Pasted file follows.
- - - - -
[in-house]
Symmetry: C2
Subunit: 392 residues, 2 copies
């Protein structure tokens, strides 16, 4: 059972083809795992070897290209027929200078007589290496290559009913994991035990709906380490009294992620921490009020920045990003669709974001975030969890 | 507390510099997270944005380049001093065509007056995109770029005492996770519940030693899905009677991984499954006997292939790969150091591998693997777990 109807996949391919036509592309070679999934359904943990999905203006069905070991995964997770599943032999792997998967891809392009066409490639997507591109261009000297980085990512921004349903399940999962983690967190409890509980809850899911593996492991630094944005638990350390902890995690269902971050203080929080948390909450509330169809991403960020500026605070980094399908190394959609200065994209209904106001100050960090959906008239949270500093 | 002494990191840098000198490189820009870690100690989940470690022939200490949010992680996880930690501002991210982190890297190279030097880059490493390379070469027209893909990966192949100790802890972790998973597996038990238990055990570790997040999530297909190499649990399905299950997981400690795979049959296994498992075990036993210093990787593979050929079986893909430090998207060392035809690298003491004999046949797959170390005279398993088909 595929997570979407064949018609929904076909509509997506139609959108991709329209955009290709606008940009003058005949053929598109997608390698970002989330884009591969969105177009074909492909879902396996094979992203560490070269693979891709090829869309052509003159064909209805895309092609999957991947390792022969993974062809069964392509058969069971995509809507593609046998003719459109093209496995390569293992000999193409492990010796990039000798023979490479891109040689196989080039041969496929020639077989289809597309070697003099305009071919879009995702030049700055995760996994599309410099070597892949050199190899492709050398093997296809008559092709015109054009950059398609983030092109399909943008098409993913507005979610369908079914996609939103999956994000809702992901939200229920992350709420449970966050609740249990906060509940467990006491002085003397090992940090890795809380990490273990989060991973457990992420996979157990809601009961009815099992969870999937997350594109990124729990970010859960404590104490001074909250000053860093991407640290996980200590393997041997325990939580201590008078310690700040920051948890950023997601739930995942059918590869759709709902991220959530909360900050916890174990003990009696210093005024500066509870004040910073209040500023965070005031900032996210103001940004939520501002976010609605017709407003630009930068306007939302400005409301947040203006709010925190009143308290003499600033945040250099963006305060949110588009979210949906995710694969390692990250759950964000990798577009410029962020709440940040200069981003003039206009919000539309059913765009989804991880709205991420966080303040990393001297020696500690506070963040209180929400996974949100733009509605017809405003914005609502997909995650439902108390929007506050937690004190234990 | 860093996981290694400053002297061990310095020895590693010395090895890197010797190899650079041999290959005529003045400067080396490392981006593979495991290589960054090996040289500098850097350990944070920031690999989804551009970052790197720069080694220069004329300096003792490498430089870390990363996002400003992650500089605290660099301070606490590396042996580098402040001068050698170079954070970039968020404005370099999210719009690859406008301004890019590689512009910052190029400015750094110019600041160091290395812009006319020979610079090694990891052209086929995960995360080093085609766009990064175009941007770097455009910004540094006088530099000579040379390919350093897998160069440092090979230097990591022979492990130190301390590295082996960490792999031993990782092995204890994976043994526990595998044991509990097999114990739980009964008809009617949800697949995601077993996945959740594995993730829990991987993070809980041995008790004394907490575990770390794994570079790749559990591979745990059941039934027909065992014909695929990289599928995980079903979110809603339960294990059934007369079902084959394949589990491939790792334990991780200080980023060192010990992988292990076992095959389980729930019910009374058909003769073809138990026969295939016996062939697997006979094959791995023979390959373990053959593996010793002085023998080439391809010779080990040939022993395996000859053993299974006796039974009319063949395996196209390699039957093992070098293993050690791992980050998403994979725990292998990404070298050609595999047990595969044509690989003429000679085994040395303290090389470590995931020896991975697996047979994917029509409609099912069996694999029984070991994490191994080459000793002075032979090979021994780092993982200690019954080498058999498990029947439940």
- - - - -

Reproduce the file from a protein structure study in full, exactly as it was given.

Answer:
[in-house]
Symmetry: C2
Subunit: 392 residues, 2 copies
């Protein structure tokens, strides 16, 4: 059972083809795992070897290209027929200078007589290496290559009913994991035990709906380490009294992620921490009020920045990003669709974001975030969890 | 507390510099997270944005380049001093065509007056995109770029005492996770519940030693899905009677991984499954006997292939790969150091591998693997777990 109807996949391919036509592309070679999934359904943990999905203006069905070991995964997770599943032999792997998967891809392009066409490639997507591109261009000297980085990512921004349903399940999962983690967190409890509980809850899911593996492991630094944005638990350390902890995690269902971050203080929080948390909450509330169809991403960020500026605070980094399908190394959609200065994209209904106001100050960090959906008239949270500093 | 002494990191840098000198490189820009870690100690989940470690022939200490949010992680996880930690501002991210982190890297190279030097880059490493390379070469027209893909990966192949100790802890972790998973597996038990238990055990570790997040999530297909190499649990399905299950997981400690795979049959296994498992075990036993210093990787593979050929079986893909430090998207060392035809690298003491004999046949797959170390005279398993088909 595929997570979407064949018609929904076909509509997506139609959108991709329209955009290709606008940009003058005949053929598109997608390698970002989330884009591969969105177009074909492909879902396996094979992203560490070269693979891709090829869309052509003159064909209805895309092609999957991947390792022969993974062809069964392509058969069971995509809507593609046998003719459109093209496995390569293992000999193409492990010796990039000798023979490479891109040689196989080039041969496929020639077989289809597309070697003099305009071919879009995702030049700055995760996994599309410099070597892949050199190899492709050398093997296809008559092709015109054009950059398609983030092109399909943008098409993913507005979610369908079914996609939103999956994000809702992901939200229920992350709420449970966050609740249990906060509940467990006491002085003397090992940090890795809380990490273990989060991973457990992420996979157990809601009961009815099992969870999937997350594109990124729990970010859960404590104490001074909250000053860093991407640290996980200590393997041997325990939580201590008078310690700040920051948890950023997601739930995942059918590869759709709902991220959530909360900050916890174990003990009696210093005024500066509870004040910073209040500023965070005031900032996210103001940004939520501002976010609605017709407003630009930068306007939302400005409301947040203006709010925190009143308290003499600033945040250099963006305060949110588009979210949906995710694969390692990250759950964000990798577009410029962020709440940040200069981003003039206009919000539309059913765009989804991880709205991420966080303040990393001297020696500690506070963040209180929400996974949100733009509605017809405003914005609502997909995650439902108390929007506050937690004190234990 | 860093996981290694400053002297061990310095020895590693010395090895890197010797190899650079041999290959005529003045400067080396490392981006593979495991290589960054090996040289500098850097350990944070920031690999989804551009970052790197720069080694220069004329300096003792490498430089870390990363996002400003992650500089605290660099301070606490590396042996580098402040001068050698170079954070970039968020404005370099999210719009690859406008301004890019590689512009910052190029400015750094110019600041160091290395812009006319020979610079090694990891052209086929995960995360080093085609766009990064175009941007770097455009910004540094006088530099000579040379390919350093897998160069440092090979230097990591022979492990130190301390590295082996960490792999031993990782092995204890994976043994526990595998044991509990097999114990739980009964008809009617949800697949995601077993996945959740594995993730829990991987993070809980041995008790004394907490575990770390794994570079790749559990591979745990059941039934027909065992014909695929990289599928995980079903979110809603339960294990059934007369079902084959394949589990491939790792334990991780200080980023060192010990992988292990076992095959389980729930019910009374058909003769073809138990026969295939016996062939697997006979094959791995023979390959373990053959593996010793002085023998080439391809010779080990040939022993395996000859053993299974006796039974009319063949395996196209390699039957093992070098293993050690791992980050998403994979725990292998990404070298050609595999047990595969044509690989003429000679085994040395303290090389470590995931020896991975697996047979994917029509409609099912069996694999029984070991994490191994080459000793002075032979090979021994780092993982200690019954080498058999498990029947439940």